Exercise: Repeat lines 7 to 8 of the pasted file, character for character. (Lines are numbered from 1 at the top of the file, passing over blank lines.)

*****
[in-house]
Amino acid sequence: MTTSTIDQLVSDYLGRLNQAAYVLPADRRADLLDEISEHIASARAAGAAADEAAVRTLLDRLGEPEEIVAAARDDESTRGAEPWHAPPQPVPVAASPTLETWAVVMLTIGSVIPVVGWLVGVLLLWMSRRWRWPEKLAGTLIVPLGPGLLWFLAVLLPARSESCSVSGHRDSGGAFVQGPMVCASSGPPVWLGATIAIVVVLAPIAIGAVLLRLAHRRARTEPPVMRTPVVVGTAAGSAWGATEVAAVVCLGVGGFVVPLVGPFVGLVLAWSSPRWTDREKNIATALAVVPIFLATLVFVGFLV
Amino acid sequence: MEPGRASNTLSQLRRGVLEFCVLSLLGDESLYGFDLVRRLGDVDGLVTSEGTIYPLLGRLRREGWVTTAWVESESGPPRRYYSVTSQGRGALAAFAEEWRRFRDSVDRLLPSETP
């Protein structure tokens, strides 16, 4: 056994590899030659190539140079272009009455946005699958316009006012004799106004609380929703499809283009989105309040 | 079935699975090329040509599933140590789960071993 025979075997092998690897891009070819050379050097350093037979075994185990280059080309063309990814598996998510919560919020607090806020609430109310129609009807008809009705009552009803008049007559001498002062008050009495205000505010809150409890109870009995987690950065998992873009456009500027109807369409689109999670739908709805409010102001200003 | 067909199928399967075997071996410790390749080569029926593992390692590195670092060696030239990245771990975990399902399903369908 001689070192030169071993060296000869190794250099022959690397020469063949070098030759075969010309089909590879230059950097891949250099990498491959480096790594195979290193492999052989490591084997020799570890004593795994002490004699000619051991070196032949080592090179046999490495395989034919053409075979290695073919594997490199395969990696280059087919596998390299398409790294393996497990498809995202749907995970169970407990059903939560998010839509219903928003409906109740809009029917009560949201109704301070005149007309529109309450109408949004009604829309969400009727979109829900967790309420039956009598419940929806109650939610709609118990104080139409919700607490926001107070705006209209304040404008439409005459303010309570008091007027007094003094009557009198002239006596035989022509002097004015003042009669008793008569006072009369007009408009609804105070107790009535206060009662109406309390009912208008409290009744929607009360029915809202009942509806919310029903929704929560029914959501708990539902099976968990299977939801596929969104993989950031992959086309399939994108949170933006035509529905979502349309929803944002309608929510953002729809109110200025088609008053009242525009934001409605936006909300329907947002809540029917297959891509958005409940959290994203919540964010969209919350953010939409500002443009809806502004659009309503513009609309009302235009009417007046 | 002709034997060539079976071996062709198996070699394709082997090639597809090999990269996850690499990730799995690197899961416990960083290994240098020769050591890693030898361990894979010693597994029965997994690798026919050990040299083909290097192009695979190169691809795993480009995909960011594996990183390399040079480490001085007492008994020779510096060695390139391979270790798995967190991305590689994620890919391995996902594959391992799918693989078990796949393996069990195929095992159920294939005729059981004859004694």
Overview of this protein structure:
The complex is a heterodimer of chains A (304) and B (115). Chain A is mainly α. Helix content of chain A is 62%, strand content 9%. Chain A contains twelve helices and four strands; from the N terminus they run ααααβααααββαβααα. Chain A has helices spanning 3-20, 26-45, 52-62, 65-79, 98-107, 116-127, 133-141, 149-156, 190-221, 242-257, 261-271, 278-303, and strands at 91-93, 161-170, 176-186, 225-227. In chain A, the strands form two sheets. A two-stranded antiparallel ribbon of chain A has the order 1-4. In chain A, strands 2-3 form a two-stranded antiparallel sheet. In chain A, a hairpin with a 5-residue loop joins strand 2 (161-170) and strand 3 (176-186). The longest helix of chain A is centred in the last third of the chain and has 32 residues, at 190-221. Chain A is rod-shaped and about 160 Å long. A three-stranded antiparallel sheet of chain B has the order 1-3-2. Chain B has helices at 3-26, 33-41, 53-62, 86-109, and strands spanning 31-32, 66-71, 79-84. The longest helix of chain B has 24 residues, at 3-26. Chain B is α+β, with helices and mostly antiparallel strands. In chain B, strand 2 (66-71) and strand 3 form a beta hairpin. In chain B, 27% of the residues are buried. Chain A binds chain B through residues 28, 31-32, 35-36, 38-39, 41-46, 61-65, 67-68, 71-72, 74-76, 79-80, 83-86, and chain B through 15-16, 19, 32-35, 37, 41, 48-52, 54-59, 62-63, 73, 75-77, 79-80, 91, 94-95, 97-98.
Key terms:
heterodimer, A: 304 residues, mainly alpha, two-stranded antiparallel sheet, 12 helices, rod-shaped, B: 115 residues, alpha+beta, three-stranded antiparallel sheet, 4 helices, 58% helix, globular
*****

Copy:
Key terms:
heterodimer, A: 304 residues, mainly alpha, two-stranded antiparallel sheet, 12 helices, rod-shaped, B: 115 residues, alpha+beta, three-stranded antiparallel sheet, 4 helices, 58% helix, globular